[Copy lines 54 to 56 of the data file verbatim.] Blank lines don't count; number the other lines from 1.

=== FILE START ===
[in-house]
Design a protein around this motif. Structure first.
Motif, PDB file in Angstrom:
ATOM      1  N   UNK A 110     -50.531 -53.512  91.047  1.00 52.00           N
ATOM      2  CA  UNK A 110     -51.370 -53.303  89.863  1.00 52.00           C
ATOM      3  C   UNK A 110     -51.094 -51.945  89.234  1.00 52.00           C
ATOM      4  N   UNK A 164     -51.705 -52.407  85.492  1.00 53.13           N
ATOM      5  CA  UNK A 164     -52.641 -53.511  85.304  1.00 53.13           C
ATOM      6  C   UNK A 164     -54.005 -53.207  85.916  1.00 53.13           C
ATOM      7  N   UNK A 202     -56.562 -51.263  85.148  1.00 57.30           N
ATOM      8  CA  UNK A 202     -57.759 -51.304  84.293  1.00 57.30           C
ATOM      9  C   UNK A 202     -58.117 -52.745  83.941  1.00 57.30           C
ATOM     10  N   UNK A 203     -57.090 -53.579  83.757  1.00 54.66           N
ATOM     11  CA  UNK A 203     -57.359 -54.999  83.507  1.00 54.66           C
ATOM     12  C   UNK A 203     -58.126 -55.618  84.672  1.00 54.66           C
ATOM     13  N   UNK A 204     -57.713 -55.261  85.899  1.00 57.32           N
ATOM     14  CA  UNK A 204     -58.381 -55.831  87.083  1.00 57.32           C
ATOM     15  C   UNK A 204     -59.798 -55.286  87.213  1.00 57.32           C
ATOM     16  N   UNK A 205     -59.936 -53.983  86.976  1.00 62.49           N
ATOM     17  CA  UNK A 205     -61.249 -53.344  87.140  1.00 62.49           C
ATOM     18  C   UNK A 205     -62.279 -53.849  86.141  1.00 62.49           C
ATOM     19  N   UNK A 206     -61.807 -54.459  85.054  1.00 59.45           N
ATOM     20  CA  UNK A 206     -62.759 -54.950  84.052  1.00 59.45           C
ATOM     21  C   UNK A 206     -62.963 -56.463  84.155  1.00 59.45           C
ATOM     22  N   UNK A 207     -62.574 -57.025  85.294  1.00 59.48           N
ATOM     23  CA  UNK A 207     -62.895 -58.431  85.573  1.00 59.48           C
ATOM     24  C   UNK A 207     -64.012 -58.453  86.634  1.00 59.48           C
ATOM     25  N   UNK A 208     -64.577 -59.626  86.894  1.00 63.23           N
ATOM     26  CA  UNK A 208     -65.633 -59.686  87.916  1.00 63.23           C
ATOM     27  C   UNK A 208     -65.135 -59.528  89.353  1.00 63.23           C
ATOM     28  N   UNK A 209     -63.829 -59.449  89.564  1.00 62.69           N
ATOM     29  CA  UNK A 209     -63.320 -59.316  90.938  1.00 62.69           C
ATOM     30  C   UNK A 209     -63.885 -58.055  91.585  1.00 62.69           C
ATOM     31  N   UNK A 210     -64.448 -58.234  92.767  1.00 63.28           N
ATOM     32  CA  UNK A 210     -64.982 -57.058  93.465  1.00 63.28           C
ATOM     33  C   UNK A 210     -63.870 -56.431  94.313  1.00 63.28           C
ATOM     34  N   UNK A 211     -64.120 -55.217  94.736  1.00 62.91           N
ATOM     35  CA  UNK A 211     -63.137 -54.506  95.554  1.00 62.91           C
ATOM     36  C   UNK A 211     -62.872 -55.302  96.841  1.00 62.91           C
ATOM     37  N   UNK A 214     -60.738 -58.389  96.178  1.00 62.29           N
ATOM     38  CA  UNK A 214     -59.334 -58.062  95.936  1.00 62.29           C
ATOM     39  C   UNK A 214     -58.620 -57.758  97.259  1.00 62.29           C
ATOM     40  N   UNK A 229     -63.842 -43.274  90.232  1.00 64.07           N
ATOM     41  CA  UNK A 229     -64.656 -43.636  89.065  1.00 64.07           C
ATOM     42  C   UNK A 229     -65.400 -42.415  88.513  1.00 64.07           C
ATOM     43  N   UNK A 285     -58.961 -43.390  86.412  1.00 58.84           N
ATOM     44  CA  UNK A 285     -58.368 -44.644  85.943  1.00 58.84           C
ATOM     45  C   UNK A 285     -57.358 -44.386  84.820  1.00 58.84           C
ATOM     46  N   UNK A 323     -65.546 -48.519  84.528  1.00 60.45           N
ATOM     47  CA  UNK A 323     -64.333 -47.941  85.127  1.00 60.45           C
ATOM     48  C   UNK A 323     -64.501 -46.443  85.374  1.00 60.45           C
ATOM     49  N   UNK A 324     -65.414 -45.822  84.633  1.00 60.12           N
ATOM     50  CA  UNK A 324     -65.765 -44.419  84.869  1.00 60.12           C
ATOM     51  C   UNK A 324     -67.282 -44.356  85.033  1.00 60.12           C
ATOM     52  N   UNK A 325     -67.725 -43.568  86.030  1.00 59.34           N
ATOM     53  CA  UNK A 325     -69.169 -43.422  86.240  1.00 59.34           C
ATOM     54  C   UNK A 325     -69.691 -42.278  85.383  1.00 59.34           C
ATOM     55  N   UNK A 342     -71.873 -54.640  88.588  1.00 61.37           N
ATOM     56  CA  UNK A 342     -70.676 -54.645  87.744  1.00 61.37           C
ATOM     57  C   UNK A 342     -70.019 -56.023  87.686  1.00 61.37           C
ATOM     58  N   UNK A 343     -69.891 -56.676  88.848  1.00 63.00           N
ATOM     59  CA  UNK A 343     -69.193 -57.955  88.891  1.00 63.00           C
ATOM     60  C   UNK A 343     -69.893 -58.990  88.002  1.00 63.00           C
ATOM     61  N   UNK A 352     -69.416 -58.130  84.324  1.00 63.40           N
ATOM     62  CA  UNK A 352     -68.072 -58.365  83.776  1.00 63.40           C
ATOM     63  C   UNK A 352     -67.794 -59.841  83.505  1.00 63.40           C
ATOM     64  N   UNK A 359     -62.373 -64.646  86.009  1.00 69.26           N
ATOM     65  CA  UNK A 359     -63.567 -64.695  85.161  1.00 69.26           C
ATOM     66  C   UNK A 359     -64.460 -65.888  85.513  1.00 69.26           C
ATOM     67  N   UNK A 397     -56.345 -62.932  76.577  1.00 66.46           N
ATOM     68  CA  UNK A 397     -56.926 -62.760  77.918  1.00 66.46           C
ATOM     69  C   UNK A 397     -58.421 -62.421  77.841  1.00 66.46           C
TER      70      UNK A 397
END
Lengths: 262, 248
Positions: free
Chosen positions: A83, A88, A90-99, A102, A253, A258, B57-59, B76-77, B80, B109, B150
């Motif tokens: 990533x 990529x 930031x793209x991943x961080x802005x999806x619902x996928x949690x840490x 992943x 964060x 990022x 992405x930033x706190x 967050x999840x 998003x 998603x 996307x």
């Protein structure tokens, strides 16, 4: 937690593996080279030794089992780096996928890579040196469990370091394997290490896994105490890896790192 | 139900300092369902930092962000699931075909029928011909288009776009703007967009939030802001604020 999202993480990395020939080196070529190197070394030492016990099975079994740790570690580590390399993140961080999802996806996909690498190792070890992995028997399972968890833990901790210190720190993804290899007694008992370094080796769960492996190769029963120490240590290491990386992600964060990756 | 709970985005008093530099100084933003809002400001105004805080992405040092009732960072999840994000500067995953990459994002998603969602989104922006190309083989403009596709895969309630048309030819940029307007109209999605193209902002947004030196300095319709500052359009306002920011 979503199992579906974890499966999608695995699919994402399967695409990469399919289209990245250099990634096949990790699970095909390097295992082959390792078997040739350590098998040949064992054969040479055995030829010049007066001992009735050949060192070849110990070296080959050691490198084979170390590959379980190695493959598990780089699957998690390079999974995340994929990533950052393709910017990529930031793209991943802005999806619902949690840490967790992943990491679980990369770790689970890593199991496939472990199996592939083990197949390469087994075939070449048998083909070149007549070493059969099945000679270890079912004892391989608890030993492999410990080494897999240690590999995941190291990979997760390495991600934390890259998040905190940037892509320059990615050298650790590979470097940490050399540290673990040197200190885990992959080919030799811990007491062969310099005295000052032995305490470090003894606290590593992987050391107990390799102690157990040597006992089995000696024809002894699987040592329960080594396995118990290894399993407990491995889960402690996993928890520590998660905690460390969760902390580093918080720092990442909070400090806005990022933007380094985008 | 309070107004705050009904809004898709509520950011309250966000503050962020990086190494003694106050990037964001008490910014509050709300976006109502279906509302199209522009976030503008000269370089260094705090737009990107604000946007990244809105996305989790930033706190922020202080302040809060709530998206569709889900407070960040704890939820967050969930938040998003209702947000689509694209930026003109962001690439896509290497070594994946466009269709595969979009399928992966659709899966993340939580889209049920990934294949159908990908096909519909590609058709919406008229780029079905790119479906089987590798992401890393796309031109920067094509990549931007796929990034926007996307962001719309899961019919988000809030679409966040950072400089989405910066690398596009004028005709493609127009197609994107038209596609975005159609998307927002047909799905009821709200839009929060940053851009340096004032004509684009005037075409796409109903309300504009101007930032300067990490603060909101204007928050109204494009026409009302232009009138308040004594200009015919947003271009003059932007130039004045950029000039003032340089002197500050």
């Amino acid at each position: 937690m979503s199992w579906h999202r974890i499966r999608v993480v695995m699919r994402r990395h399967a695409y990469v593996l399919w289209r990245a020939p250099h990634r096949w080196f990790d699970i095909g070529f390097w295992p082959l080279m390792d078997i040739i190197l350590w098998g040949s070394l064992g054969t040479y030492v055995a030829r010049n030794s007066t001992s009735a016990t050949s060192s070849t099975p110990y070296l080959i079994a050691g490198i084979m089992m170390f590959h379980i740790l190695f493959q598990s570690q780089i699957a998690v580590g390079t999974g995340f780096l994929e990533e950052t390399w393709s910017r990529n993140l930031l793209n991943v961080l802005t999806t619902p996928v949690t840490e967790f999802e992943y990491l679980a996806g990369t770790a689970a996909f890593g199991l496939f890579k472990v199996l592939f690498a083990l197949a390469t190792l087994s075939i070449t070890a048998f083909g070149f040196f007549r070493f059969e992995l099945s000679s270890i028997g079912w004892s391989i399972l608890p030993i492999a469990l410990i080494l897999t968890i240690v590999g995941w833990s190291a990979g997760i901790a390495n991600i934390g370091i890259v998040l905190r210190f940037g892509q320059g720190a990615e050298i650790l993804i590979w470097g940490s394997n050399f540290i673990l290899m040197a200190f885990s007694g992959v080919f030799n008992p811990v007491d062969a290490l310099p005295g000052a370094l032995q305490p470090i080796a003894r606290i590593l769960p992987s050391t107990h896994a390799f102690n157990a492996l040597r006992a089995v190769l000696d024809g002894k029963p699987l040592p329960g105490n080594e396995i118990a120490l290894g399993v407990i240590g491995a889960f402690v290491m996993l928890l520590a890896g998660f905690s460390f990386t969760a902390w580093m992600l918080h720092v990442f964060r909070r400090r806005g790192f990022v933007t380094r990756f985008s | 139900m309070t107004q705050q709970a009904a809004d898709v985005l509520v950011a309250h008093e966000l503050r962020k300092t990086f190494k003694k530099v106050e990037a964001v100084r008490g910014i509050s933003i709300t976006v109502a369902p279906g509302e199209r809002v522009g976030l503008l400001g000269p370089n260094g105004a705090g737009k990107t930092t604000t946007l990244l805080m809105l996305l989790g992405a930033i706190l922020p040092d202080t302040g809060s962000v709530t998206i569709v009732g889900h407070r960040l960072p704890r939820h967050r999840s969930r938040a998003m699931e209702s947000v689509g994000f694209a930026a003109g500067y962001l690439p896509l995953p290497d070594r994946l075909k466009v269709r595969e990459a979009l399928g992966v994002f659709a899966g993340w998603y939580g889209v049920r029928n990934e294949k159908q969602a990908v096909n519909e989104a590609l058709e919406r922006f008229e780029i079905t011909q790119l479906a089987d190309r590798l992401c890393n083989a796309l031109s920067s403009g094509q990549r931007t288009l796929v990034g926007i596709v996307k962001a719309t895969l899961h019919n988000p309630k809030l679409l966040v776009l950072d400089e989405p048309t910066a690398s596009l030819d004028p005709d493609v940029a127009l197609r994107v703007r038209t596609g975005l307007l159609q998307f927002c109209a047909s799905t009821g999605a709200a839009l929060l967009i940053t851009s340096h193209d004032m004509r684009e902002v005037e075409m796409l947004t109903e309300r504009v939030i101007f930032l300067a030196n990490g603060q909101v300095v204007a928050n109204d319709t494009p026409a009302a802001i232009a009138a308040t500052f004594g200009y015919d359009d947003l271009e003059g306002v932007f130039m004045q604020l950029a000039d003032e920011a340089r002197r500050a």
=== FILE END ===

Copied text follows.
ATOM     51  C   UNK A 324     -67.282 -44.356  85.033  1.00 60.12           C
ATOM     52  N   UNK A 325     -67.725 -43.568  86.030  1.00 59.34           N
ATOM     53  CA  UNK A 325     -69.169 -43.422  86.240  1.00 59.34           C